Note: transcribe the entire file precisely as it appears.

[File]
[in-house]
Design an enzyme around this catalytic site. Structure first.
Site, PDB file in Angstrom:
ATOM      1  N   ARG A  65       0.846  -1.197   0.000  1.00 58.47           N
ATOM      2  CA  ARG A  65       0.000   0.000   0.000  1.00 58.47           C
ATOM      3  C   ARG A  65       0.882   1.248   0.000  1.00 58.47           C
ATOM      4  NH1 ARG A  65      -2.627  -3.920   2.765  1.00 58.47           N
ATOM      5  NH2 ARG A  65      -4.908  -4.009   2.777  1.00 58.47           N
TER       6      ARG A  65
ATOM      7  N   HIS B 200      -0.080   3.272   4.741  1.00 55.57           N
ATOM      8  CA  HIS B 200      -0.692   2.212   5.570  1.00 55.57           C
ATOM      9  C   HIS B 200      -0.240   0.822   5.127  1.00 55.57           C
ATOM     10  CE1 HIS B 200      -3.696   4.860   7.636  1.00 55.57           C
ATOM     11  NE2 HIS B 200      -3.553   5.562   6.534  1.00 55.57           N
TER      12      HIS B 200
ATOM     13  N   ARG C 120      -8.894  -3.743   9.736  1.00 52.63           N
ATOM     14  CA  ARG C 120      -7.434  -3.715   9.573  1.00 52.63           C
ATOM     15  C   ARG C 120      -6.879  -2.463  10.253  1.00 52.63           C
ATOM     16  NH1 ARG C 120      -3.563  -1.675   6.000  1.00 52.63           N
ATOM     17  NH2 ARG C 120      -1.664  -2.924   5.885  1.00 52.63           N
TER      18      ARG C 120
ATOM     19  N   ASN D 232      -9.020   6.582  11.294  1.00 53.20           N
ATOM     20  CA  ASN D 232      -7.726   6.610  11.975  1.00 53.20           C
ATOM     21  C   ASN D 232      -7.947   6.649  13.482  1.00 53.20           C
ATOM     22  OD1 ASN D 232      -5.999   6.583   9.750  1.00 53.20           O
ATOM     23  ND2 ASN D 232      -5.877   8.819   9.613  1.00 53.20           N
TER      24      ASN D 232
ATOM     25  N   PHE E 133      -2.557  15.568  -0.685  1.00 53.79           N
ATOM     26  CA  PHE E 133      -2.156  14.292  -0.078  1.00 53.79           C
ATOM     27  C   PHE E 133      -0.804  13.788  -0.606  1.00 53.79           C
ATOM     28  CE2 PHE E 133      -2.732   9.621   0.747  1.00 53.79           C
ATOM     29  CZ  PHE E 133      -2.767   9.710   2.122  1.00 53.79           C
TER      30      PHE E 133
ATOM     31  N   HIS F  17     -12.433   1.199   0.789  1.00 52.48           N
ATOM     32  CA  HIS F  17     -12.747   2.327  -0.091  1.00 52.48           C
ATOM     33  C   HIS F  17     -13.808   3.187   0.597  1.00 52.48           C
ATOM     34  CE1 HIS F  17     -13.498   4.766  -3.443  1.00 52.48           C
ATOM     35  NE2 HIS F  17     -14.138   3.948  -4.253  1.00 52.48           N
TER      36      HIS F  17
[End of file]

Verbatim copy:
[in-house]
Design an enzyme around this catalytic site. Structure first.
Site, PDB file in Angstrom:
ATOM      1  N   ARG A  65       0.846  -1.197   0.000  1.00 58.47           N
ATOM      2  CA  ARG A  65       0.000   0.000   0.000  1.00 58.47           C
ATOM      3  C   ARG A  65       0.882   1.248   0.000  1.00 58.47           C
ATOM      4  NH1 ARG A  65      -2.627  -3.920   2.765  1.00 58.47           N
ATOM      5  NH2 ARG A  65      -4.908  -4.009   2.777  1.00 58.47           N
TER       6      ARG A  65
ATOM      7  N   HIS B 200      -0.080   3.272   4.741  1.00 55.57           N
ATOM      8  CA  HIS B 200      -0.692   2.212   5.570  1.00 55.57           C
ATOM      9  C   HIS B 200      -0.240   0.822   5.127  1.00 55.57           C
ATOM     10  CE1 HIS B 200      -3.696   4.860   7.636  1.00 55.57           C
ATOM     11  NE2 HIS B 200      -3.553   5.562   6.534  1.00 55.57           N
TER      12      HIS B 200
ATOM     13  N   ARG C 120      -8.894  -3.743   9.736  1.00 52.63           N
ATOM     14  CA  ARG C 120      -7.434  -3.715   9.573  1.00 52.63           C
ATOM     15  C   ARG C 120      -6.879  -2.463  10.253  1.00 52.63           C
ATOM     16  NH1 ARG C 120      -3.563  -1.675   6.000  1.00 52.63           N
ATOM     17  NH2 ARG C 120      -1.664  -2.924   5.885  1.00 52.63           N
TER      18      ARG C 120
ATOM     19  N   ASN D 232      -9.020   6.582  11.294  1.00 53.20           N
ATOM     20  CA  ASN D 232      -7.726   6.610  11.975  1.00 53.20           C
ATOM     21  C   ASN D 232      -7.947   6.649  13.482  1.00 53.20           C
ATOM     22  OD1 ASN D 232      -5.999   6.583   9.750  1.00 53.20           O
ATOM     23  ND2 ASN D 232      -5.877   8.819   9.613  1.00 53.20           N
TER      24      ASN D 232
ATOM     25  N   PHE E 133      -2.557  15.568  -0.685  1.00 53.79           N
ATOM     26  CA  PHE E 133      -2.156  14.292  -0.078  1.00 53.79           C
ATOM     27  C   PHE E 133      -0.804  13.788  -0.606  1.00 53.79           C
ATOM     28  CE2 PHE E 133      -2.732   9.621   0.747  1.00 53.79           C
ATOM     29  CZ  PHE E 133      -2.767   9.710   2.122  1.00 53.79           C
TER      30      PHE E 133
ATOM     31  N   HIS F  17     -12.433   1.199   0.789  1.00 52.48           N
ATOM     32  CA  HIS F  17     -12.747   2.327  -0.091  1.00 52.48           C
ATOM     33  C   HIS F  17     -13.808   3.187   0.597  1.00 52.48           C
ATOM     34  CE1 HIS F  17     -13.498   4.766  -3.443  1.00 52.48           C
ATOM     35  NE2 HIS F  17     -14.138   3.948  -4.253  1.00 52.48           N
TER      36      HIS F  17